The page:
How Much Does a Lumbar MRI Cost?
An MRI, or magnetic resonance imaging, is a painless, non-invasive, and safe medical exam that helps physicians identify and treat medical conditions. It uses a powerful magnetic field and radio waves to come up with a detailed three-dimensional picture of the lumbar spine, which includes the disks, bones, and almost all other internal body structures. Unlike a CAT scan or CT scan, an MRI does not use radiation.
Sometimes, an MRI is conducted to evaluate the anatomy of the lumbar spine to serve as a guide in the planning for surgery on the spine or to observe the changes in the spine after an operation. A lumbar MRI may also be used to determine the problem with the back in the first place.
How much does it cost?
- On average, a lumbar spine MRI is going to cost $500 to $4,000 without insurance. However, if you have a health insurance policy, it should be covered. Be sure to check with your provider to know exactly what your policy is going to be covered. Those who either want a new policy or are looking for a new one, consider browsing through hundreds of policies for free at eHealthInsurance.com. The costs will depend on the hospital/facility, geographical location, if the contrast is needed and if insurance is included.
- Wufoo lists the different costs of Lumbar Spine MRI from selected New York City area providers. Depending on whether or not contrast is used, the prices are going to be anywhere from as little as $700 to as much as $2,300. A lumbar spine MRI without contrast will usually be 30% cheaper.
- Newchoicehealth.com states that a lumbar spine MRI can cost anywhere from as little as $1,450 to as much as $6,000. Mainly, the costs vary depending on the geographical location.
What is going to be included?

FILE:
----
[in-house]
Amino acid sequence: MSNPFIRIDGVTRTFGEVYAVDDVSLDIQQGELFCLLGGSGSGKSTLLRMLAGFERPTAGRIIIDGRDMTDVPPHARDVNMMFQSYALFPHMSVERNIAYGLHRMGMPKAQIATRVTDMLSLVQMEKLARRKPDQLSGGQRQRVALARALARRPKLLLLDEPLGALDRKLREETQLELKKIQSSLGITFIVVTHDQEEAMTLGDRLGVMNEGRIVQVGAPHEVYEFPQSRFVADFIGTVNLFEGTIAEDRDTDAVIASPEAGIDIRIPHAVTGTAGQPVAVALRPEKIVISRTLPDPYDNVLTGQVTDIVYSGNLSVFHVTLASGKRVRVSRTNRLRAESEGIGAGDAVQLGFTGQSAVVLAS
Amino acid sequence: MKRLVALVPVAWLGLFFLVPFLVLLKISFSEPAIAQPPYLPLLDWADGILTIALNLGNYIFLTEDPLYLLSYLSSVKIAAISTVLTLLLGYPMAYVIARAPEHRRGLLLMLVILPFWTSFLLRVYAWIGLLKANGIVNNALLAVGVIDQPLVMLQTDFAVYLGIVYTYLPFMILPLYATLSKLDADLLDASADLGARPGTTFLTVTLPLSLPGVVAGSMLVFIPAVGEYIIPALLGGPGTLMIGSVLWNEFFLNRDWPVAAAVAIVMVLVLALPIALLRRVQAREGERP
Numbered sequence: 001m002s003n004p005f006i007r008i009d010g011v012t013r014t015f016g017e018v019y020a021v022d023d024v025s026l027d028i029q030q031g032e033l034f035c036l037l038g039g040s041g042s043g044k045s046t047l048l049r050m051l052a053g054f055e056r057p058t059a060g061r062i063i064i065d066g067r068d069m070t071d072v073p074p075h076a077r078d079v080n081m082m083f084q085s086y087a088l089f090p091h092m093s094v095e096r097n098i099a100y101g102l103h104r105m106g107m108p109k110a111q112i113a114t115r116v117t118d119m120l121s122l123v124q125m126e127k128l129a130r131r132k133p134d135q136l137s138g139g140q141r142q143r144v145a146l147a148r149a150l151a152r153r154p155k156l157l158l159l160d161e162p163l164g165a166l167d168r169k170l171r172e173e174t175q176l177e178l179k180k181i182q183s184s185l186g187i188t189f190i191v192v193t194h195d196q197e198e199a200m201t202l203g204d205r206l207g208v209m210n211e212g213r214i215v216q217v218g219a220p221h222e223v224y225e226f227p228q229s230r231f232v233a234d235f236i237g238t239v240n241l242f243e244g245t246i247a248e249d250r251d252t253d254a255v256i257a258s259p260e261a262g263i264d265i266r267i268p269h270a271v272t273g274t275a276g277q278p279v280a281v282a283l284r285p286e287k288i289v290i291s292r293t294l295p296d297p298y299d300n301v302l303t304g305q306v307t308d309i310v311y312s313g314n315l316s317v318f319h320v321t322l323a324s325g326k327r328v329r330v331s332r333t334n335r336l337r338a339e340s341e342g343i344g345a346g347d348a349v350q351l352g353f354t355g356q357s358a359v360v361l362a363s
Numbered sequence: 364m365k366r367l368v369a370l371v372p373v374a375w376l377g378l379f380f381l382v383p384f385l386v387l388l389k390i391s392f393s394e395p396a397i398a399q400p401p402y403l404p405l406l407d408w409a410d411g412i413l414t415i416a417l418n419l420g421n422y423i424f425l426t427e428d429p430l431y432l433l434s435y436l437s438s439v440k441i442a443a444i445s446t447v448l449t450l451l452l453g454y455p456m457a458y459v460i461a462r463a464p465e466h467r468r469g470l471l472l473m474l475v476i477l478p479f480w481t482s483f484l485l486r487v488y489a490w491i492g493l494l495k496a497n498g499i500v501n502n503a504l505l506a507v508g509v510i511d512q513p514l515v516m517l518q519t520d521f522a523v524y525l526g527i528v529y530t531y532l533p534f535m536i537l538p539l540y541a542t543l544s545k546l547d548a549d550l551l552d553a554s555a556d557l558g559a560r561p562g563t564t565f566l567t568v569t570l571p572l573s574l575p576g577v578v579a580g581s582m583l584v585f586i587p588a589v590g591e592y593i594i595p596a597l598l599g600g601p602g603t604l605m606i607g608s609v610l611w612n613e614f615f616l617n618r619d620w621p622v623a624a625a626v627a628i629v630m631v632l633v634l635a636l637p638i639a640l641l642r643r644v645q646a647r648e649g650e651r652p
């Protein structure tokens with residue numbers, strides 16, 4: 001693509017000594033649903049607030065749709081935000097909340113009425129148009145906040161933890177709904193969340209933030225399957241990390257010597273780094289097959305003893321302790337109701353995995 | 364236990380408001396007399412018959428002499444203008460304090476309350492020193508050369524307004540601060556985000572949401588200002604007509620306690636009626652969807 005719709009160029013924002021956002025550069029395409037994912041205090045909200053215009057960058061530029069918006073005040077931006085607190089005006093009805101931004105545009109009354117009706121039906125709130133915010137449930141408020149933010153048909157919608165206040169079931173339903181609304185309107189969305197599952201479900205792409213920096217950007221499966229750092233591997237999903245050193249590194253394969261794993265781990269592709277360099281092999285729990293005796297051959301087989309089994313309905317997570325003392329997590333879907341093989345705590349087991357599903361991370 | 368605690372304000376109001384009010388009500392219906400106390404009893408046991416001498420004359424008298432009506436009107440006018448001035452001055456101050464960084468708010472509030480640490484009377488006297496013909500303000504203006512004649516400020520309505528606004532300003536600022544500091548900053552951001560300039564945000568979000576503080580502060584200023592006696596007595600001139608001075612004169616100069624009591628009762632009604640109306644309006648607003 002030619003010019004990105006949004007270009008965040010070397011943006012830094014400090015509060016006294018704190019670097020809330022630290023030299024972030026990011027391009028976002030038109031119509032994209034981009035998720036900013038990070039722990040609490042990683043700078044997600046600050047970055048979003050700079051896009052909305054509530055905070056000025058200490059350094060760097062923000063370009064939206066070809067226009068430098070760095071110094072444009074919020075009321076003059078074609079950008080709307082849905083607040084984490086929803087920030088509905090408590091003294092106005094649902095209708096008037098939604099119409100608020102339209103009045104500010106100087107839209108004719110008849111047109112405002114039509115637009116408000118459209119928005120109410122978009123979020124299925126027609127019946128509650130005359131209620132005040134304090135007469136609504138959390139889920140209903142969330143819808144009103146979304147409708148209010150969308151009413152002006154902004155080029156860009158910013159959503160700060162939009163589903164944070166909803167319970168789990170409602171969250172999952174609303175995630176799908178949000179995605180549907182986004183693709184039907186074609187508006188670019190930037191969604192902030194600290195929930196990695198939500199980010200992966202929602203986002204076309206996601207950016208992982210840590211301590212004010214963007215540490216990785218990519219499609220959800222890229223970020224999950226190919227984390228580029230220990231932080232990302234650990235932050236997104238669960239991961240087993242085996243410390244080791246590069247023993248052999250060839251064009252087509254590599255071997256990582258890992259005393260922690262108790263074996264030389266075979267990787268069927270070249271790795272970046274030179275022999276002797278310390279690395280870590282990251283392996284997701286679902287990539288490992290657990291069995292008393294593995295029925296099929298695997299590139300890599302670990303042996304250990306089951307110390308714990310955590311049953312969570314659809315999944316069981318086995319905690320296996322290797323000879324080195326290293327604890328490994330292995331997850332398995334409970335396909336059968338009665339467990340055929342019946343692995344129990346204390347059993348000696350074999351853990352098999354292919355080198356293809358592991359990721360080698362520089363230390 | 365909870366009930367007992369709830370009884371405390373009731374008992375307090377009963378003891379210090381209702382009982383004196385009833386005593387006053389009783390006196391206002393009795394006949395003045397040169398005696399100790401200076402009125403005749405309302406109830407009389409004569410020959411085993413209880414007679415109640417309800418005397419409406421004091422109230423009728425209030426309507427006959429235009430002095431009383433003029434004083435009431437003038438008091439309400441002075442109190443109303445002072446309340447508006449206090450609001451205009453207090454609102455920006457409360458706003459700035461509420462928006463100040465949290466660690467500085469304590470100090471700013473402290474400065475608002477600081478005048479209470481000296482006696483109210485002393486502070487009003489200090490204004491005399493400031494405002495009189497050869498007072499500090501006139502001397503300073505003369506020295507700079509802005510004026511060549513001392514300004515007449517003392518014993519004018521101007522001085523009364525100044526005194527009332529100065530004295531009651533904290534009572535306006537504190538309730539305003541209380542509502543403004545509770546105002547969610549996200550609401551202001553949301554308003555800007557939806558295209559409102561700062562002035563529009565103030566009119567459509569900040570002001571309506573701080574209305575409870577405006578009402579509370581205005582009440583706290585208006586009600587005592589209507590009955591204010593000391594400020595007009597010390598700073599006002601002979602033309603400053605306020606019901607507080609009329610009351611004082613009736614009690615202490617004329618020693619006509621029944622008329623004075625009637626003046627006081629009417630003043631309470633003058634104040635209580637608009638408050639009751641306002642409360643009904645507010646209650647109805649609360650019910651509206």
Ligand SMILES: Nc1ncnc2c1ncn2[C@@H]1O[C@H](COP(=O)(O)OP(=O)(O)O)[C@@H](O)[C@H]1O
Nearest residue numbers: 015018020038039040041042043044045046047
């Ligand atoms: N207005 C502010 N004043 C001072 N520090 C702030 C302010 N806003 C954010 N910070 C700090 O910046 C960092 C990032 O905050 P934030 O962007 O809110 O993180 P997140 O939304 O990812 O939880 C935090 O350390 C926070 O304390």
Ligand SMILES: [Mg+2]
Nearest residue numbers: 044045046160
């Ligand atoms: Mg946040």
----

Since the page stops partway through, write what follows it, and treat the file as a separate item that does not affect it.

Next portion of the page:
- An MRI scanner is composed of a large magnet with a tunnel in the center. The patient lies down on a flat surface that is slipped into the tunnel.
- Many people have trouble with MRIs because of the nature of the machine. The patient is slid into a fairly tight tube that can cause anxiety to patients who suffer from claustrophobia. Because of the, an open MRI has become popular. With an open MRI, the patients will lie on a table and a ring will spin around the patient only in the area in need of an MRI.
- The images captured by the MRI scanner are then examined on a computer monitor, which performs millions of calculations. From the images, physicians will be able to locate the problems in the lumbar spine.
- An MRI using contrast is different from one without using contrast. Contrast is a solution that is injected into the patient to make the MRI results more clear to the doctor. The main difference between the two is simply resolution and clarity. The doctor will recommend one of these based on your symptoms and overall health condition. If he thinks the problem is in deep tissue that will be hard to see, he will probably suggest the use of contrast.
What are the extra costs?
- An MRI with contrast will cost up to 30% more than one without it.
- The radiologist’s fee is not included in the above prices.
- The cost of the MRI does not include the cost of the initial visit to the doctor who ordered the MRI.
- Based on the findings of the MRI scan, the physician may issue prescriptions, which are not included in the cost of the MRI examination itself. You may also need more treatment such as therapy or even surgery.
- Even if you have insurance, you will most likely have to pay a co-pay or deductible.
Tips to know:
- Some clinics or treatment centers use an open MRI machine with large openings to keep claustrophobic patients comfortable.
- A lumbar spine MRI is helpful in the assessment of symptoms, such as numbness, lower back pain, leg pain, tingling or weakness or issues that concern bladder and bowel control.
- Some people believe that an MRI without contrast is just as beneficial as one with contrast.
- To get an MRI done with any facility, a doctor’s order will be required.
How can I save money?
- Most insurance companies cover a lumbar spine MRI, but you have to verify with your insurer to see how much it will pay for your case.
- If possible, shop around with some clinics or facilities before deciding on the provider that you trust. Many will be more than willing to give you a quote over the phone.
- For those who don’t have a health insurance policy, be sure to ask about cash discounts of financing options.
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